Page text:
Bush’s prowess as a candidate was always a myth. Bush lost his first campaign for Florida governor in a close race against a sitting Democrat governor. When he ran again in 1998, the state’s GOP leadership cleared the field for him in the Republican primary. Bush went on to defeat Democratic Lt.Gov. Buddy, who ran a dismal campaign. Bush won reelection in 2002 running against a Tampa-based lawyer who had never run for political office.

What Bush did have was tremendous family connections built over six decades in Washington politics that helped him raise an incredible $150 million – most of which went to Right to Rise. In fact, so much of the money went to R2R that Bush legally could not tell R2R how to spend money. It was a little like George Patton going into Europe during WWII with someone else in charge of his tanks.

As he did in his unsuccessful 1994 campaign, Bush became JEB! The third child of George and Barbara would use the last name to raise money and campaign for him, but he wanted the voters to see him as just Jeb.

As he said in this campaign, Bush remained determined to be his “own man.” It was always a silly notion. With a father and brother as presidents, Bush only appeared disingenuous to suggest his last name didn’t matter. Finally, in the desperate final days of the South Carolina campaign he brought both his mother and older brother to campaign for him.

During most of the last nine months, Bush seem flummoxed by the very idea that the Republican Party his family helped build could possibly consider someone as outside of the Grand Old Party as Donald Trump. Bush wasted many months refusing to take Trump seriously. Right to Rise had a detailed plan for taking out Marco Rubio, but it too seemed to be following Bush into the Trump abyss.

Bush has always considered himself the smartest person in the room. He is thin skinned and takes the smallest slights as personal affront. He is accustomed to surrounding himself with younger acolytes who worship him and rarely confront him. A prince in a royal family, Bush was ill-prepared to deal with a loud bully. Bush thought a mere wave of the hand would be enough to dismiss Trump’s shout that Bush was low energy.

Continue reading "Jeb Bush's problem was never Donald Trump" »

Donald Trump surprise ad in South Carolina takes campaign in new direction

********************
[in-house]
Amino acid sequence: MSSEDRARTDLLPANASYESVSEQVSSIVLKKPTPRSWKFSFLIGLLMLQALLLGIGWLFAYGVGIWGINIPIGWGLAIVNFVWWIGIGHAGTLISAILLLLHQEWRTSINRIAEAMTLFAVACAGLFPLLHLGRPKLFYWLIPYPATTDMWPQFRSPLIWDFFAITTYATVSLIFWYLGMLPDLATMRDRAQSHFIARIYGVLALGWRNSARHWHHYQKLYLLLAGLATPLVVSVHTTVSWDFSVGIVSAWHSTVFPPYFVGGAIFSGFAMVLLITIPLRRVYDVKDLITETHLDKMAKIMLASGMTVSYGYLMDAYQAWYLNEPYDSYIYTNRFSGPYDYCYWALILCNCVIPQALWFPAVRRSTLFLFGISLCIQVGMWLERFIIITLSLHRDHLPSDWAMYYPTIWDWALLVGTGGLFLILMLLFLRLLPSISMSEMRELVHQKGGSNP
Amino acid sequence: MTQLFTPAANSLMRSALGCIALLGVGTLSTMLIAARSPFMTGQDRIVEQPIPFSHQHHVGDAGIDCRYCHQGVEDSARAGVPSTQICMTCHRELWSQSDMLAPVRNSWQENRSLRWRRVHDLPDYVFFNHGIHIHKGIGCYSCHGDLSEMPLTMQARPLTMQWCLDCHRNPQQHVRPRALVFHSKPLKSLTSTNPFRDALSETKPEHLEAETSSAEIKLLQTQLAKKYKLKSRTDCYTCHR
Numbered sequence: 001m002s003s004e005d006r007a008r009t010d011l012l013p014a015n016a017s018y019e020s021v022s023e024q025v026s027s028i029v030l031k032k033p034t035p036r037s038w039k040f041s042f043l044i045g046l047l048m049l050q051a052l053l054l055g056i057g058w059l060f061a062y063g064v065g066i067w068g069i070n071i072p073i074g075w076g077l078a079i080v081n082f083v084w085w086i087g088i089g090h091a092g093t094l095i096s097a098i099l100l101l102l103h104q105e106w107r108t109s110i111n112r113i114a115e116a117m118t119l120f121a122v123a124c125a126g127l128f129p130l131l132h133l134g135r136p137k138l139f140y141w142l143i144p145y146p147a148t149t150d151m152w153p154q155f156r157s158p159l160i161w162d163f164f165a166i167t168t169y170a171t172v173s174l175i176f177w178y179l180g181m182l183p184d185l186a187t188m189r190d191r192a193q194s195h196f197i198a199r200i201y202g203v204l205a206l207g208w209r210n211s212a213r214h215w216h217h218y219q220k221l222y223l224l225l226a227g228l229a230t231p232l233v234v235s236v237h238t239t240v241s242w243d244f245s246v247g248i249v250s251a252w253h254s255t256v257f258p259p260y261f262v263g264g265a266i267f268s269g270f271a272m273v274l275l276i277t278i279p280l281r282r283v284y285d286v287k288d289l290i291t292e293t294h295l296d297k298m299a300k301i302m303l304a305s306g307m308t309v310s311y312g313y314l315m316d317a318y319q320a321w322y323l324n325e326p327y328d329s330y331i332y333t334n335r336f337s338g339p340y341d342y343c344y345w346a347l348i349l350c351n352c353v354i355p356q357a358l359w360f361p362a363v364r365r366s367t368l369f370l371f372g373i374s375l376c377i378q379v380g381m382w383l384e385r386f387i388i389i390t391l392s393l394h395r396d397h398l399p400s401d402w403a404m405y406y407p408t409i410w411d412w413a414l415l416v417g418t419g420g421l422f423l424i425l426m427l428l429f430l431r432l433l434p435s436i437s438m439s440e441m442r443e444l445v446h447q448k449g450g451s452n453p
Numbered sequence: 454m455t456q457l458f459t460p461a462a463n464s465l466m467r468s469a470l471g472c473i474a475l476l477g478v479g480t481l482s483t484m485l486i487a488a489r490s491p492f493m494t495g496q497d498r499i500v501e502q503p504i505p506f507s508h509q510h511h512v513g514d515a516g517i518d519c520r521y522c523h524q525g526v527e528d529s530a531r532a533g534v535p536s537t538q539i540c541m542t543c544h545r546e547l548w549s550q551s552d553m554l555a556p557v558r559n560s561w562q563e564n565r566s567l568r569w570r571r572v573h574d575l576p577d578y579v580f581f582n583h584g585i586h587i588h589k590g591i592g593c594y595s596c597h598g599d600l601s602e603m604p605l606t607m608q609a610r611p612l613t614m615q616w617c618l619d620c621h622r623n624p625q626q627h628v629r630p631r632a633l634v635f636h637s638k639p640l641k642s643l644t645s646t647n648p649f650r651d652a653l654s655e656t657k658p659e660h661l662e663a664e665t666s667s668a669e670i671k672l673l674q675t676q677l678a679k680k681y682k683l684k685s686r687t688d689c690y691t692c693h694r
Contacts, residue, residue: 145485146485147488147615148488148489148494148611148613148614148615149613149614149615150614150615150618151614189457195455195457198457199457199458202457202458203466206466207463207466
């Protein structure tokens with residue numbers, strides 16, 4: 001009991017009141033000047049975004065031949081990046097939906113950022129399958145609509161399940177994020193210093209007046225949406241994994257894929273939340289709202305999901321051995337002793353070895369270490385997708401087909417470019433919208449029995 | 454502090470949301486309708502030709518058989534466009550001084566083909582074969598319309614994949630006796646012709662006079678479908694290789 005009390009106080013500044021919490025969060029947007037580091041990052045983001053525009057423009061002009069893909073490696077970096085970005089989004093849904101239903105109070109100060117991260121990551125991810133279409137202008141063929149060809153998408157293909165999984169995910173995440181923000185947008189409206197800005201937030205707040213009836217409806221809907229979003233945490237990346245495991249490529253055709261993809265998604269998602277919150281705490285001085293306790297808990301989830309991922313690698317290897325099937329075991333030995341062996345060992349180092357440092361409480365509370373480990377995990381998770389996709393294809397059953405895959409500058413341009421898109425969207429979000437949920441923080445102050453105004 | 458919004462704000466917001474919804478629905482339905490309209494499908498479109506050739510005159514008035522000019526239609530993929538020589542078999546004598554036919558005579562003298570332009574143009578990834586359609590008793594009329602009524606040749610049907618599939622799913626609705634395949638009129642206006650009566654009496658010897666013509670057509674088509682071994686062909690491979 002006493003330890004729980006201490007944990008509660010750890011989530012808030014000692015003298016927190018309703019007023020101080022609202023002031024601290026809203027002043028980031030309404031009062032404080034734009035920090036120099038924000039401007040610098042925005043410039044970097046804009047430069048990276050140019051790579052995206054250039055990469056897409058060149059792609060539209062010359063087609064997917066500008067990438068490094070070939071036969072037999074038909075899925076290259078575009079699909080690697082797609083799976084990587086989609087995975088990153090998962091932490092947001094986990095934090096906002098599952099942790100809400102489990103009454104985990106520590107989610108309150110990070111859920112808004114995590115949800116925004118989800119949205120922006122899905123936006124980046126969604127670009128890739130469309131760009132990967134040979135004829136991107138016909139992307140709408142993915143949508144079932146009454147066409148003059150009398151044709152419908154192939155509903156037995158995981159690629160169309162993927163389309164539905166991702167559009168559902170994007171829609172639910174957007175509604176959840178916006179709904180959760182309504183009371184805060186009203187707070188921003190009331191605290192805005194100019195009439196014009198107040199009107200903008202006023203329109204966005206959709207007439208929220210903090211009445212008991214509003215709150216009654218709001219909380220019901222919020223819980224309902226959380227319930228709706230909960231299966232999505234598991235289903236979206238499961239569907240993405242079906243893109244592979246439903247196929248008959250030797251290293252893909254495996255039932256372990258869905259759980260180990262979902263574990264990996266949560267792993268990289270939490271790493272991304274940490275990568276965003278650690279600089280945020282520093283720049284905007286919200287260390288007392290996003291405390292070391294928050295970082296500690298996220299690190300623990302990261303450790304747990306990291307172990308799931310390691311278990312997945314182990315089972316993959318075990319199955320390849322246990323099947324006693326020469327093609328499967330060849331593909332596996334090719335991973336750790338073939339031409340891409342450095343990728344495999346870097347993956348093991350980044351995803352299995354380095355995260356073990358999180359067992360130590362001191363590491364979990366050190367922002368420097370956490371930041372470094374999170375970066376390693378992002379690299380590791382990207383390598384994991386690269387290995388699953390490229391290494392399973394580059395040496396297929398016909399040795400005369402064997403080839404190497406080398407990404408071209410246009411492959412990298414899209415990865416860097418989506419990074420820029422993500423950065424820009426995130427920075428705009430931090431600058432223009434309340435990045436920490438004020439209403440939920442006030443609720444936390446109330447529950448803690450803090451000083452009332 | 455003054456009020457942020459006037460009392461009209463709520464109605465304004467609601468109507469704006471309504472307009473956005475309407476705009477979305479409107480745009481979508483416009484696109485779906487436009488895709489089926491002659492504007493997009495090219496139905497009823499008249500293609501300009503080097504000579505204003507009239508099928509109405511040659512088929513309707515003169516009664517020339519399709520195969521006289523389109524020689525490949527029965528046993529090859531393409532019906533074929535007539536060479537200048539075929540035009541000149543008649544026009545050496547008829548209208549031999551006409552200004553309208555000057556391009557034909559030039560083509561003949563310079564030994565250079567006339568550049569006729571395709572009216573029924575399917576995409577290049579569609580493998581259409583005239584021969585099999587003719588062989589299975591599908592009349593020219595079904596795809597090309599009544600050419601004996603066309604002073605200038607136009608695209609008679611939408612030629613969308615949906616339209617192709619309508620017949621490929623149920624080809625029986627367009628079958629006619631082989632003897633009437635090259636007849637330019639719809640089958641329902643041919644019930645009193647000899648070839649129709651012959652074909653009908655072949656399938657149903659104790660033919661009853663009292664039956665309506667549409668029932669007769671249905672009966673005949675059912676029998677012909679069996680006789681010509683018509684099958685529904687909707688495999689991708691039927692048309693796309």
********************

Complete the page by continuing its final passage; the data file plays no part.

The murder of a black teenager is featured in a new ad being shown in South Carolina from Donald Trump's campaign. 
The 30-second ad focuses on the 2008 murder of 17=year old Jamiel Shaw, Jr.  The teenager was killed by an illegal immigrant. Jamiel's father, is featured in the ad.
Jamiel Shaw, Sr. says in the ad the Trump is the only one talking about stopping illegal immigration. "I believe Donald Trump is going to make us great again and he loves America," says Mr. Shaw.
It is a powerful, and certain to be controversial campaign ad.





Jeb Bush hopes to beat expectations and be viable in March primaries

No candidate may have more to lose tonight during the Fox Business News debate than Jeb Bush. While there is some polling that suggests he is slowing moving up in New Hampshire, his campaign still needs a moment to set fire-up voters. So far, that moment has been elusive.

Bush has not been a stellar debater and with the Iowa caucuses and New Hampshire primary just weeks away, Bush is betting heavily on attacking Donald Trump and Marco Rubio in a series of new campaign ads.

Bush seems baffled by the 2016 race. He clearly blames most of his problems on Trump. Below is a revealing interview with the Associated Press that appeared Wednesday. 

Bush tells AP that "he didn't know what to plan for," when he decided to run for president. Anyone remotely familiar with the very deep planning for his campaign that took more than a year, would be surprised to hear Bush's comment.

He also repeats the notion that he was "uncomfortable" being called the front runner early last year. 

Bush calls this election year "dramatically different." People are showing their "anger and angst....very different than any time I can recall."

He says the "conservative cause" is "being hijacked by Donald Trump."

Bush's body language seems revealing. He appears uncomfortable and sounds a touch uncertain. At one point he says he believes he must fight to protect the conservative cause and "I don't know what the consequences politically for me are . . ." A comment that hardly sounds like someone confident of victory.